Evidence-based Peer Review for Radiation Therapy e Updated Review of the Literature with a Focus on Tumour Subsite and Treatment Modality

Huo, M., Gorayski, P., Poulsen, M., Thompson, K. and Pinkham, M. B. (2017) Evidence-based Peer Review for Radiation Therapy e Updated Review of the Literature with a Focus on Tumour Subsite and Treatment Modality. Clinical Oncology, 29 10: 680-688. doi:10.1016/j.clon.2017.04.038


Author Huo, M.
Gorayski, P.
Poulsen, M.
Thompson, K.
Pinkham, M. B.
Title Evidence-based Peer Review for Radiation Therapy e Updated Review of the Literature with a Focus on Tumour Subsite and Treatment Modality
Journal name Clinical Oncology   Check publisher's open access policy
ISSN 0936-6555
1433-2981
Publication date 2017-05-18
Year available 2017
Sub-type Critical review of research, literature review, critical commentary
DOI 10.1016/j.clon.2017.04.038
Open Access Status Not yet assessed
Volume 29
Issue 10
Start page 680
End page 688
Total pages 9
Place of publication London, United Kingdom
Publisher ELSEVIER SCIENCE LONDON
Language eng
Subject 2730 Oncology
2741 Radiology Nuclear Medicine and imaging
Abstract Technological advances in radiation therapy permit steep dose gradients from the target to spare normal tissue, but increase the risk of geographic miss. Suboptimal target delineation adversely affects clinical outcomes. Prospective peer review is a method for quality assurance of oncologists' radiotherapy plans. Published surveys suggest it is widely implemented. However, it may not be feasible to review every case before commencement of radiation therapy in all departments. The rate of plan changes following peer review of cases without a specific subsite or modality is typically around 10%. Stereotactic body radiation therapy, head and neck, gynaecological, gastrointestinal, haematological and lung cases are associated with higher rates of change of around 25%. These cases could thus be prioritised for peer review. Other factors may limit peer review efficacy including organisational culture, time constraints and the physical environment in which sessions are held. Recommendations for peer review endorsed by the American Society for Radiation Oncology were made available in 2013, but a number of relevant studies have been published since. Here we review and update the literature, and provide an updated suggestion for the implementation of peer review to serve as an adjunct to published guidelines. This may help practitioners evaluate their current processes and maximise the utility and effectiveness of peer review sessions. (C) 2017 The Royal College of Radiologists. Published by Elsevier Ltd. All rights reserved.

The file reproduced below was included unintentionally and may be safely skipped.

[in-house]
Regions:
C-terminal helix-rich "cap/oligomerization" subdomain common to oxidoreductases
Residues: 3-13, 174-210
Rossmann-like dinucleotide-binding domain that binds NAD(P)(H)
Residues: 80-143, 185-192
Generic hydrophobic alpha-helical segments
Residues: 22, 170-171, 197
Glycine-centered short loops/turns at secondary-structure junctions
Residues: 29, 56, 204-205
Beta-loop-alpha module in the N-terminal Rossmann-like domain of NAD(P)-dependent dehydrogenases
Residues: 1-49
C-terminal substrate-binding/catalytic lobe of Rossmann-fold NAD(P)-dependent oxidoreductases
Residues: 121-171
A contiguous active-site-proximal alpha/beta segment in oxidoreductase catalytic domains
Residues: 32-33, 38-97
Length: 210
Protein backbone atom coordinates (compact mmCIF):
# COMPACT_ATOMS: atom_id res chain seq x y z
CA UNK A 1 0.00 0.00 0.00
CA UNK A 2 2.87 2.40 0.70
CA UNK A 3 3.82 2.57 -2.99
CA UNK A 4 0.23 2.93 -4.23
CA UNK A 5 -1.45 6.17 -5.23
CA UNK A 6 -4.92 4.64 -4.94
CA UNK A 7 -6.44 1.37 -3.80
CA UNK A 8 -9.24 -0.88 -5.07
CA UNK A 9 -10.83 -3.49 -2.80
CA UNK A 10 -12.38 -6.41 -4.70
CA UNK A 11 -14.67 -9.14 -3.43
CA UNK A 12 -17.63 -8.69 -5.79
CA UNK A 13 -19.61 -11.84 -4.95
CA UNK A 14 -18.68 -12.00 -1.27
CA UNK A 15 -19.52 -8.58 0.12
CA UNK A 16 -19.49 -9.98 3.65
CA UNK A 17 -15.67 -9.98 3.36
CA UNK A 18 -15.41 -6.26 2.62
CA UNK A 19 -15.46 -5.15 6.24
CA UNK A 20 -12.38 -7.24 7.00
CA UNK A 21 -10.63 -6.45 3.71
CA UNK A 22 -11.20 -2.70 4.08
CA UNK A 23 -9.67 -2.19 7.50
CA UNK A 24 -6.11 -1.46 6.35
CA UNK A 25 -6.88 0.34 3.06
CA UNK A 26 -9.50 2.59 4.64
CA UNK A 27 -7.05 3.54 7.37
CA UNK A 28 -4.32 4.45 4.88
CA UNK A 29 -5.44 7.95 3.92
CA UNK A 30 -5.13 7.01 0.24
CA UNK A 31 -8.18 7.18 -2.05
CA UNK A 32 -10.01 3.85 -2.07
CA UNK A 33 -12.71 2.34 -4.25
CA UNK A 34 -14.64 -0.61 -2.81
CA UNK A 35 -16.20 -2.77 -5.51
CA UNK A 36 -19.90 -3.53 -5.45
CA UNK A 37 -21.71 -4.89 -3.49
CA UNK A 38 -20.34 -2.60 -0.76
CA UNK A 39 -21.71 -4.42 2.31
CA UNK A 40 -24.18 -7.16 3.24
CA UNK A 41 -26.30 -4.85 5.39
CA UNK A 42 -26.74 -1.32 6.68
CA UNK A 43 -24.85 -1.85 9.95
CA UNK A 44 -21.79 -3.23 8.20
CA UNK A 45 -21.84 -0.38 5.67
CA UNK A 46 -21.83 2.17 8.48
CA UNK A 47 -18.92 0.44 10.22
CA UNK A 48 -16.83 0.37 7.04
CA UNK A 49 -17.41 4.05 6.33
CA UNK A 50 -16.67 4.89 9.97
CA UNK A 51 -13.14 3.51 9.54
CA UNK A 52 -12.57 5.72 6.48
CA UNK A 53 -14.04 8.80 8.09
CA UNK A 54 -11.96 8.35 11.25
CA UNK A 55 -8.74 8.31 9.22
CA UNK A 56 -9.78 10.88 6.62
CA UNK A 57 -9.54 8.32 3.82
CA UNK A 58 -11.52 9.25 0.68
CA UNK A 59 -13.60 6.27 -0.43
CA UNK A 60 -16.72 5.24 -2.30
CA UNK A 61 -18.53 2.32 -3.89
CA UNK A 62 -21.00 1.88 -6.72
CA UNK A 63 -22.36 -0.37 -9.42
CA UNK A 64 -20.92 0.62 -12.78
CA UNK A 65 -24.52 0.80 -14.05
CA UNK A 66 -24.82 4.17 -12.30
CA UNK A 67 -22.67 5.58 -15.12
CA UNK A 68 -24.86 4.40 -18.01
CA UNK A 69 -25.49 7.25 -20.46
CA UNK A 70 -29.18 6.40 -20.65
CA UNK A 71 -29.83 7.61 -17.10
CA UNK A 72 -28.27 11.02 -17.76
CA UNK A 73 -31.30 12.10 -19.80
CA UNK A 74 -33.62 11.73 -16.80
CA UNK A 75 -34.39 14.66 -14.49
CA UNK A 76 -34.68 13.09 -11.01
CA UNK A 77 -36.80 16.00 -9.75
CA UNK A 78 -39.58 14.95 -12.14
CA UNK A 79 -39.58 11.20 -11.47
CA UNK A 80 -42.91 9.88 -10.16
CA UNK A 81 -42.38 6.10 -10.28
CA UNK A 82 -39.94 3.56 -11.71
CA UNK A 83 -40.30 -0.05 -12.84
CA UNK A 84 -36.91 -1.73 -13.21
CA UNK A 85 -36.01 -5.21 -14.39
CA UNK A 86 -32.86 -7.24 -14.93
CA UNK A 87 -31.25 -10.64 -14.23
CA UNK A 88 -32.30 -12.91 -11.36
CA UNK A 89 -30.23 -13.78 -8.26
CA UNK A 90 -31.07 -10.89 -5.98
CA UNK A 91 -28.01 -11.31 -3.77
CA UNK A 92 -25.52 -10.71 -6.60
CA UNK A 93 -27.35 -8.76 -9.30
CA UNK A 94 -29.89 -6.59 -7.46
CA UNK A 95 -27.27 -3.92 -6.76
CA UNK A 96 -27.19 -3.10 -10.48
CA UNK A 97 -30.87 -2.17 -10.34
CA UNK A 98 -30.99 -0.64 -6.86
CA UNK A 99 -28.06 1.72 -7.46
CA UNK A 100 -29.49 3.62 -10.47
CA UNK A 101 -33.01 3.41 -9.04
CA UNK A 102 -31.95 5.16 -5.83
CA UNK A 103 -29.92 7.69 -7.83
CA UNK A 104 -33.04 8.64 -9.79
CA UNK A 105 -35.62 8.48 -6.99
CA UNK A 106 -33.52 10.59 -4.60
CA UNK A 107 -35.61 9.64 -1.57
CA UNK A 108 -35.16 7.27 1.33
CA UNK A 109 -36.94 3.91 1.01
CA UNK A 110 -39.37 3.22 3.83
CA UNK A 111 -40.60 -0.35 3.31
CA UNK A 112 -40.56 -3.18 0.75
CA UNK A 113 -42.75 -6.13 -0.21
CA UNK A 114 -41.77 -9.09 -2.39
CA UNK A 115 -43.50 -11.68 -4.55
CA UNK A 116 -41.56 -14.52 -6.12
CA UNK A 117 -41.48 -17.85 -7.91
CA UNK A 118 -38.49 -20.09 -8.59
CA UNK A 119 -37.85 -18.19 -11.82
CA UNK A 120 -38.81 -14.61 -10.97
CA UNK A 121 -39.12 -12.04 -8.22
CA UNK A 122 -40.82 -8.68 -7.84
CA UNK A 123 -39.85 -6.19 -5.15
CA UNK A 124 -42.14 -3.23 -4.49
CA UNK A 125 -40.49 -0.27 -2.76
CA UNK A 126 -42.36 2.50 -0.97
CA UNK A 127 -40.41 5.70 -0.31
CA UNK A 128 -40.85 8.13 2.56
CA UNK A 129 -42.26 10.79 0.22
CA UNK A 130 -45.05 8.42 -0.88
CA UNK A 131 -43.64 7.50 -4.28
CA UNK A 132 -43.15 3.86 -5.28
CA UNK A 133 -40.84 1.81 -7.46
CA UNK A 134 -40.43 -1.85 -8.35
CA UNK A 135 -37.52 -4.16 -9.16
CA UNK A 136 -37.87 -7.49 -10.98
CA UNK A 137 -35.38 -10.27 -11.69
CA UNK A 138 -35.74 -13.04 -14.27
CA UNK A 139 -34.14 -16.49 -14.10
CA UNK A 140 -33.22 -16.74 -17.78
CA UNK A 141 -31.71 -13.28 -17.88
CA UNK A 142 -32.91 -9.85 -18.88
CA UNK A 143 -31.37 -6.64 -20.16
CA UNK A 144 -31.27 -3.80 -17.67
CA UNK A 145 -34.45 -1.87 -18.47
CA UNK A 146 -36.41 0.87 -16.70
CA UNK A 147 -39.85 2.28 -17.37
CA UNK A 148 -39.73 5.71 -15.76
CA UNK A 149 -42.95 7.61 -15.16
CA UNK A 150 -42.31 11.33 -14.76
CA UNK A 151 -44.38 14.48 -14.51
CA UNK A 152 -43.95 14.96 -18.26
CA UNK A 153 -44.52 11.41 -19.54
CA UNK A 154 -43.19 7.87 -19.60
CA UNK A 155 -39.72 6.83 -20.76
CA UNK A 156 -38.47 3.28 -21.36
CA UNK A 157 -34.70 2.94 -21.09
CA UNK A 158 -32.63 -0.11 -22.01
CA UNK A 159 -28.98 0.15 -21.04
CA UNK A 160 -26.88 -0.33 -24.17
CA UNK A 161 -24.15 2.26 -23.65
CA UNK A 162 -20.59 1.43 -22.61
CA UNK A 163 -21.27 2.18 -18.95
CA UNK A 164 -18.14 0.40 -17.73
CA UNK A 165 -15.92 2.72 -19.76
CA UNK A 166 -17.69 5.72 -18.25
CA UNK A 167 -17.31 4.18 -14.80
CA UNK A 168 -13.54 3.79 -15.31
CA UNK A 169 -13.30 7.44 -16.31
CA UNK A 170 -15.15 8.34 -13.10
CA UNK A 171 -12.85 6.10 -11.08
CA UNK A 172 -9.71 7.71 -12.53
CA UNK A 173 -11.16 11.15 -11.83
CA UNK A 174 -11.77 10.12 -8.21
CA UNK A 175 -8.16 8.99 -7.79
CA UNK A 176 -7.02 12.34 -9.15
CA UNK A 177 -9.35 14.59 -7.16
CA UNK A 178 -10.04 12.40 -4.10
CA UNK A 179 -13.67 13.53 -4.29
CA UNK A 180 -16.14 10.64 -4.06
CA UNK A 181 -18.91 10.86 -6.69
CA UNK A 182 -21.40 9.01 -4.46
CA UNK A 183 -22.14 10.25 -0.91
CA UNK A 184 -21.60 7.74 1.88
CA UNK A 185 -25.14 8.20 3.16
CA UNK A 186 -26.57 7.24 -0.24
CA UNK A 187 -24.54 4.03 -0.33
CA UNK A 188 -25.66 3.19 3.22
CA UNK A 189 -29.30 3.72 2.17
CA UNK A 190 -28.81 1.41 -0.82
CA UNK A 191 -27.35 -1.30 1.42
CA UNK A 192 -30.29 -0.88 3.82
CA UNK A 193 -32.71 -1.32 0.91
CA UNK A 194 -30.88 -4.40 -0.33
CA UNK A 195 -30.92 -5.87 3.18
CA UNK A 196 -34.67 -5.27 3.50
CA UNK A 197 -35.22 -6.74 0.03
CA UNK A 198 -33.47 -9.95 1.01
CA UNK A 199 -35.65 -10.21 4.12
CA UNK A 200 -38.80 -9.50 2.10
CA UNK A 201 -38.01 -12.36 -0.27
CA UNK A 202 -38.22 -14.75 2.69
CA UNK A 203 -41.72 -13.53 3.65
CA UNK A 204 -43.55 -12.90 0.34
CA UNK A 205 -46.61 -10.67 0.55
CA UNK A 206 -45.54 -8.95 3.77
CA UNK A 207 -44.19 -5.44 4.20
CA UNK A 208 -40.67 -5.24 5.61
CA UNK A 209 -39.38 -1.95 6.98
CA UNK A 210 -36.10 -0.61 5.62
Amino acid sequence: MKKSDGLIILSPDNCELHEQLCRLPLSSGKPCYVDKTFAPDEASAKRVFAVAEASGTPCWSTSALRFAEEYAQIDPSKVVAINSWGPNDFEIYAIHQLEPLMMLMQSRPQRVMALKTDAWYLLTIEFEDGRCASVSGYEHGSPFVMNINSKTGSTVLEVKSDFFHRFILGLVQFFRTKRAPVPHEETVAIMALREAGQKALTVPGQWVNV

Keyword Quality-Assurance Rounds
Cancer Center
Lung-Cancer
Radiotherapy
Oncology
Impact
Outcomes
Audit
Care
Trials
Q-Index Code C1
Q-Index Status Provisional Code
Institutional Status UQ

Document type: Journal Article
Sub-type: Critical review of research, literature review, critical commentary
Collections: HERDC Pre-Audit
School of Medicine Publications
 
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Created: Sat, 18 Nov 2017, 23:07:10 EST